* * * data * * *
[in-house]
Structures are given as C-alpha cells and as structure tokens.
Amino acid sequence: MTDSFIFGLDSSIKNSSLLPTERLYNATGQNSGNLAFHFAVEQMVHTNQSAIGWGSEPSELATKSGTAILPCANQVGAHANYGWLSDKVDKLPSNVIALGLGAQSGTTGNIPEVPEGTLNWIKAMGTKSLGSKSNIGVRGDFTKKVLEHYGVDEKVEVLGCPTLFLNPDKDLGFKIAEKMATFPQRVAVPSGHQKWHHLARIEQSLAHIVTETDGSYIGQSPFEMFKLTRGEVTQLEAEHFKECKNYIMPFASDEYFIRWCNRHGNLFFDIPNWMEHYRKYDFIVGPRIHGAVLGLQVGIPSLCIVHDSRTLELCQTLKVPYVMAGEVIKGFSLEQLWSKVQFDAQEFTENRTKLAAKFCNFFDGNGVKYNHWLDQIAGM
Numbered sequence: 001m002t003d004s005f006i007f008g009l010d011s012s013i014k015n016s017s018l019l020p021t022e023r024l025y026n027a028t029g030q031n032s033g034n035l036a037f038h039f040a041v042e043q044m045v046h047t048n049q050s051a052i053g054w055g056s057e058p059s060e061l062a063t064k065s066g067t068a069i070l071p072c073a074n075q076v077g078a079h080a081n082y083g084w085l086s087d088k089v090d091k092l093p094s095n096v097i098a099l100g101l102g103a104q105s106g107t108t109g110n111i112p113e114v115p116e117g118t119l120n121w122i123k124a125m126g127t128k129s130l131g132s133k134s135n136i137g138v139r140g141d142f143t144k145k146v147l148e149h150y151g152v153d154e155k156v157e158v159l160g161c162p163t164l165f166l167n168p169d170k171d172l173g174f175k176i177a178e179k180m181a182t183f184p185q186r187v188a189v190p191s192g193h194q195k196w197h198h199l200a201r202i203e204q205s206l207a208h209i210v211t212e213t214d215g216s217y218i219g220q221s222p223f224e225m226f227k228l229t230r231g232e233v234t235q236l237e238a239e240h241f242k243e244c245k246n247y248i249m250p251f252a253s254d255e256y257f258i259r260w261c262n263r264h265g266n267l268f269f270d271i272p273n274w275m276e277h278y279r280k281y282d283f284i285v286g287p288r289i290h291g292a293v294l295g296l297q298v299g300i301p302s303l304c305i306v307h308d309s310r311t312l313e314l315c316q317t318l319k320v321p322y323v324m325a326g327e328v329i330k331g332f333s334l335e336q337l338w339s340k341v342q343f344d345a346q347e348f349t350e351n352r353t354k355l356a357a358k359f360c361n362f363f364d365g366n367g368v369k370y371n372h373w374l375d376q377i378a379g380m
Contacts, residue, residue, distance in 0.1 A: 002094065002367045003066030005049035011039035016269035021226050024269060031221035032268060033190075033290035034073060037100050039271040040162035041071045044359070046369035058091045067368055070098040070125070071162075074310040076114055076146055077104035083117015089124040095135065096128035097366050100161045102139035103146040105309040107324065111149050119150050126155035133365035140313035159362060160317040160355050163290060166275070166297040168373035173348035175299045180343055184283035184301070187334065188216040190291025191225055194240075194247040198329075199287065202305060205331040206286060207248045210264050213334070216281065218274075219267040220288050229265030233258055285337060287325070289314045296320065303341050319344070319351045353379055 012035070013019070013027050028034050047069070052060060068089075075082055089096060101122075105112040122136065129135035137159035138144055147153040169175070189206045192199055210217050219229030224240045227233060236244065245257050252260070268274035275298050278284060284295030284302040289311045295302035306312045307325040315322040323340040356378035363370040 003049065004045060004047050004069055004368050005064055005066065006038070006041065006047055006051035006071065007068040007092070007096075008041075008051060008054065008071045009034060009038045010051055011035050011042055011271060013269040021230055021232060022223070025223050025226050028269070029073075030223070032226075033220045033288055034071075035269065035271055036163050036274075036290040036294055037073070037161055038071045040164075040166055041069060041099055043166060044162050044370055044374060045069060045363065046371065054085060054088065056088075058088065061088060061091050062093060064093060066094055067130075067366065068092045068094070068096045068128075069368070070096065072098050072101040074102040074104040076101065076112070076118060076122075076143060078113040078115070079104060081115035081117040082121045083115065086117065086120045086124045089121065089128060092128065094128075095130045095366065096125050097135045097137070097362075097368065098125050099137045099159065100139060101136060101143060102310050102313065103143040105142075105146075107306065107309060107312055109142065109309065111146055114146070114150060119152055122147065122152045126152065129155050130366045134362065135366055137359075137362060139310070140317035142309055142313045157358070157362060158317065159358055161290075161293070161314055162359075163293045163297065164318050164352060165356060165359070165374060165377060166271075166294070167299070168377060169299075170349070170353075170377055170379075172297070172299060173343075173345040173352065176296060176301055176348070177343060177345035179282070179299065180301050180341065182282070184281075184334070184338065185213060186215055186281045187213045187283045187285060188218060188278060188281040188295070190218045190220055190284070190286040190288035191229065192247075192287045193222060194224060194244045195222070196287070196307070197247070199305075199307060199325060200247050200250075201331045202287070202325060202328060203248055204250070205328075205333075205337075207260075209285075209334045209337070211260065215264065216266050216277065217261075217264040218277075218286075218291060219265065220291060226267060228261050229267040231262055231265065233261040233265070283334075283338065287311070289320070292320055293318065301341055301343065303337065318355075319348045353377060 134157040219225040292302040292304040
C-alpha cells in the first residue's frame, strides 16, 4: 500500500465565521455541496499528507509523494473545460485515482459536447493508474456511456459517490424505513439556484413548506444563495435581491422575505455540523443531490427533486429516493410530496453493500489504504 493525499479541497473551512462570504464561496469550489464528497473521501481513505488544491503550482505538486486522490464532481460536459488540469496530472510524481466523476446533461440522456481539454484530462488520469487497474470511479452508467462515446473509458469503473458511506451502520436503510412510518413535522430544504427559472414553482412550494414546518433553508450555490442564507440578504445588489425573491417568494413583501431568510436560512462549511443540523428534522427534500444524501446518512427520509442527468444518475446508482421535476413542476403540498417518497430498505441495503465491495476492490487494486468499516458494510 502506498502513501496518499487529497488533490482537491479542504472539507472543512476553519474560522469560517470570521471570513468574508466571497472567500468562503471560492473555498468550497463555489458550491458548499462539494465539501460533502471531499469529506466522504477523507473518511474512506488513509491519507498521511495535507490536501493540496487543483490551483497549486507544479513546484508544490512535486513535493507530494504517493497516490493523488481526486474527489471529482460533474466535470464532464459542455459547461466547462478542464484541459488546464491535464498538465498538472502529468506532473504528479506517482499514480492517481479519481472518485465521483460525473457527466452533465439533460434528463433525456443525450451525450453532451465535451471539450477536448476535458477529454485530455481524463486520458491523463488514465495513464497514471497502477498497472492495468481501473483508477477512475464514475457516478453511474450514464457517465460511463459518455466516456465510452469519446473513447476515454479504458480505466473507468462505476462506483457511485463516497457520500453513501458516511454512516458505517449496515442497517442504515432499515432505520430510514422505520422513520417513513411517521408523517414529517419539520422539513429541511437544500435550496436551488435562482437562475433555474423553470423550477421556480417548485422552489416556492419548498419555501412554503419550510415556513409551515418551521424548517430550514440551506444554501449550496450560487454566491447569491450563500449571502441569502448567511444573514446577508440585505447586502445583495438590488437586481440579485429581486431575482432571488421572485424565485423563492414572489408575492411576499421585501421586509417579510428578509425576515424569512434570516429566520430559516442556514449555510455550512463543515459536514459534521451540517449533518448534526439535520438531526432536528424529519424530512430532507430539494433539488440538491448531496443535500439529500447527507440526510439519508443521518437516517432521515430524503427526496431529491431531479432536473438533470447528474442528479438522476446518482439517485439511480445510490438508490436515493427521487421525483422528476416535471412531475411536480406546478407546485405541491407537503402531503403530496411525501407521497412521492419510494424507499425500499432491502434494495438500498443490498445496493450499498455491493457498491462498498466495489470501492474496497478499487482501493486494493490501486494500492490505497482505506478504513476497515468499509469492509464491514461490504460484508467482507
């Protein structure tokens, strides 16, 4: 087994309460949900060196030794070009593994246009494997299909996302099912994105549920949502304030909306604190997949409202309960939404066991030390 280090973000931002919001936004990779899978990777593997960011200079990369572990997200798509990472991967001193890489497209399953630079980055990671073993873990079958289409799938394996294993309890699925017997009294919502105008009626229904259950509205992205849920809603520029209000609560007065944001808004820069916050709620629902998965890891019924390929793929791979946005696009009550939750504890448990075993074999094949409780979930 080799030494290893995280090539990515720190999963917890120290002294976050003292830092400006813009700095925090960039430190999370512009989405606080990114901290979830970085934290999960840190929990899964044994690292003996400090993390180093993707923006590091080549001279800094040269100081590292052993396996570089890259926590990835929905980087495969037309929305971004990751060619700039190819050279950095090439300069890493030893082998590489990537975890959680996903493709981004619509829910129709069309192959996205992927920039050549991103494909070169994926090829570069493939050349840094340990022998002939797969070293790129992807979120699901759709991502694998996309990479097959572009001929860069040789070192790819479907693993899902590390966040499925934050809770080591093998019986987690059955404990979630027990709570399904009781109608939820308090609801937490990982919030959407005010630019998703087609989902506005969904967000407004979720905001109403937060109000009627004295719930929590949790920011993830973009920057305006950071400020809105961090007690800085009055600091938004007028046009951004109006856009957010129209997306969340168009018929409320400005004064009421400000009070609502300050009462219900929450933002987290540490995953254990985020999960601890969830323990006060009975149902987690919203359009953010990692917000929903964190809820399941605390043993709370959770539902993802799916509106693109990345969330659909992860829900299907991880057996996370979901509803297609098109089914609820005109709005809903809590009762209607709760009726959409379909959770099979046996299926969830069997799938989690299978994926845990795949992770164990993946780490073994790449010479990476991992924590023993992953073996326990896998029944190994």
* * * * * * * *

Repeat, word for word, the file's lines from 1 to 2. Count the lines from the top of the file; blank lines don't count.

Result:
[in-house]
Structures are given as C-alpha cells and as structure tokens.